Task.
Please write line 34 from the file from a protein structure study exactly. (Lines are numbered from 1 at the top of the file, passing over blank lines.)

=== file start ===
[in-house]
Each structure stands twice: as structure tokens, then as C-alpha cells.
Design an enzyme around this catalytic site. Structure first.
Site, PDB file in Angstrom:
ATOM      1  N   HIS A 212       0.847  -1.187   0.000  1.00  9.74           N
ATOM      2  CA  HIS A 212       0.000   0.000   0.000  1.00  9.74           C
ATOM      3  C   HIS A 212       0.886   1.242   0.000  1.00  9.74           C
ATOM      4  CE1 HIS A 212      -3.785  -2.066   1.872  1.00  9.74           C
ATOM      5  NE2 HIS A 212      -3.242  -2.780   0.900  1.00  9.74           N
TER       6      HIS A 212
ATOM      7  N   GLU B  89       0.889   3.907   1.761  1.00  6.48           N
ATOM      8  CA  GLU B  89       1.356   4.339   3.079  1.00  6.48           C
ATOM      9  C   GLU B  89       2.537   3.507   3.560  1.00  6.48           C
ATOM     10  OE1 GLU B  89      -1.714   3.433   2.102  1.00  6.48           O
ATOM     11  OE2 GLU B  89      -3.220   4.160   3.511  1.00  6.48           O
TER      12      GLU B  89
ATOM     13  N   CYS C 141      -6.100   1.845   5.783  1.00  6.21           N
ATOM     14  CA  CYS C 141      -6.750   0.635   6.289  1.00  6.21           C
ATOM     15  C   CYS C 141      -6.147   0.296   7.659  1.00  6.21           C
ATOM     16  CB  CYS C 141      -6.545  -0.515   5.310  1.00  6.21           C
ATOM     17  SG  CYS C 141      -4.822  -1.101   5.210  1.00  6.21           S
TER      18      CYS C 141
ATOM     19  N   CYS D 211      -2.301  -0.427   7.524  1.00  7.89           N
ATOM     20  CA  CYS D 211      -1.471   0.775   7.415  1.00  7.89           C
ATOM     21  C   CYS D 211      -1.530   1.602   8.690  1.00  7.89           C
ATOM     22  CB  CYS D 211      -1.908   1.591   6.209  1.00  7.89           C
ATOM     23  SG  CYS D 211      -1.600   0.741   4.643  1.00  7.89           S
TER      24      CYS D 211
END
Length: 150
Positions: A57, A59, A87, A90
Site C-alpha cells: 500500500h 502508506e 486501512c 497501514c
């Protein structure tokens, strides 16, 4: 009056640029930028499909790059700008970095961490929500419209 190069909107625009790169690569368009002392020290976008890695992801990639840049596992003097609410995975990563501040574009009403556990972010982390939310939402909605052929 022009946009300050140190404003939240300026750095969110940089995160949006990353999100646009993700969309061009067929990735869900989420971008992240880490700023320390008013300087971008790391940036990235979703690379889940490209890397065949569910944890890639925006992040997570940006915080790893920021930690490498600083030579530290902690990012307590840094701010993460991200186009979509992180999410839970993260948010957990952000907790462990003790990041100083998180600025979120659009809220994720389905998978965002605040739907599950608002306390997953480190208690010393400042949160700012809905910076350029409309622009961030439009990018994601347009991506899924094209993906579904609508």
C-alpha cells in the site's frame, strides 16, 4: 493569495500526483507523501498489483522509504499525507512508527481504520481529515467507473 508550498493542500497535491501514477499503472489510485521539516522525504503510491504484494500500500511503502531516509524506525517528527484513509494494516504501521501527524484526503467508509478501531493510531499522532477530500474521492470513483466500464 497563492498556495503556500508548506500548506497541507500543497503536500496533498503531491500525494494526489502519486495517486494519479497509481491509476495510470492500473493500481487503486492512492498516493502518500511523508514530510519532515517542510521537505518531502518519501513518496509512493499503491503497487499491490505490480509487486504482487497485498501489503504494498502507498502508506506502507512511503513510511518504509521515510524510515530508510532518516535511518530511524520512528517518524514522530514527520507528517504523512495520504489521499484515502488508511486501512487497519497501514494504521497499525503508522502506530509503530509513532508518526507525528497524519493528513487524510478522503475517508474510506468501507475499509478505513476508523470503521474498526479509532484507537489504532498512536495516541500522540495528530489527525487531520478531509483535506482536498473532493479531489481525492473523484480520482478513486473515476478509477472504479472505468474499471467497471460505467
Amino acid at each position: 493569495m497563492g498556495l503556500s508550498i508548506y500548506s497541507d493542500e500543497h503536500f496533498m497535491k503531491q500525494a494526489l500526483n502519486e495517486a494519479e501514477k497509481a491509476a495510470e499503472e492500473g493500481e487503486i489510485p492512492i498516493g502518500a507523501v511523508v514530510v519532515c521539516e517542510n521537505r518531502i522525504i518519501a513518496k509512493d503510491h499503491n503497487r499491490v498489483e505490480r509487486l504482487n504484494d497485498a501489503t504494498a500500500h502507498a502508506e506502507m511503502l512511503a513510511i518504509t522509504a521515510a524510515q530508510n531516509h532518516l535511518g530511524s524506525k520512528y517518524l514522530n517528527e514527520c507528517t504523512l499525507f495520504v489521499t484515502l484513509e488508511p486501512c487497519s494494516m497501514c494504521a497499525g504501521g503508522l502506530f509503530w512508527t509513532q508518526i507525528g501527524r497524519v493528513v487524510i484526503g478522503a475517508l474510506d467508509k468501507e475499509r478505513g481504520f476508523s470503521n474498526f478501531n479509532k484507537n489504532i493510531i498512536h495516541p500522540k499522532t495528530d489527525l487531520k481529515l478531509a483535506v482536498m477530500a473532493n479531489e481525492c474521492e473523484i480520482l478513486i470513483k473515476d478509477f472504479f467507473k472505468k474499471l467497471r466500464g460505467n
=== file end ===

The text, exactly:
C-alpha cells in the site's frame, strides 16, 4: 493569495500526483507523501498489483522509504499525507512508527481504520481529515467507473 508550498493542500497535491501514477499503472489510485521539516522525504503510491504484494500500500511503502531516509524506525517528527484513509494494516504501521501527524484526503467508509478501531493510531499522532477530500474521492470513483466500464 497563492498556495503556500508548506500548506497541507500543497503536500496533498503531491500525494494526489502519486495517486494519479497509481491509476495510470492500473493500481487503486492512492498516493502518500511523508514530510519532515517542510521537505518531502518519501513518496509512493499503491503497487499491490505490480509487486504482487497485498501489503504494498502507498502508506506502507512511503513510511518504509521515510524510515530508510532518516535511518530511524520512528517518524514522530514527520507528517504523512495520504489521499484515502488508511486501512487497519497501514494504521497499525503508522502506530509503530509513532508518526507525528497524519493528513487524510478522503475517508474510506468501507475499509478505513476508523470503521474498526479509532484507537489504532498512536495516541500522540495528530489527525487531520478531509483535506482536498473532493479531489481525492473523484480520482478513486473515476478509477472504479472505468474499471467497471460505467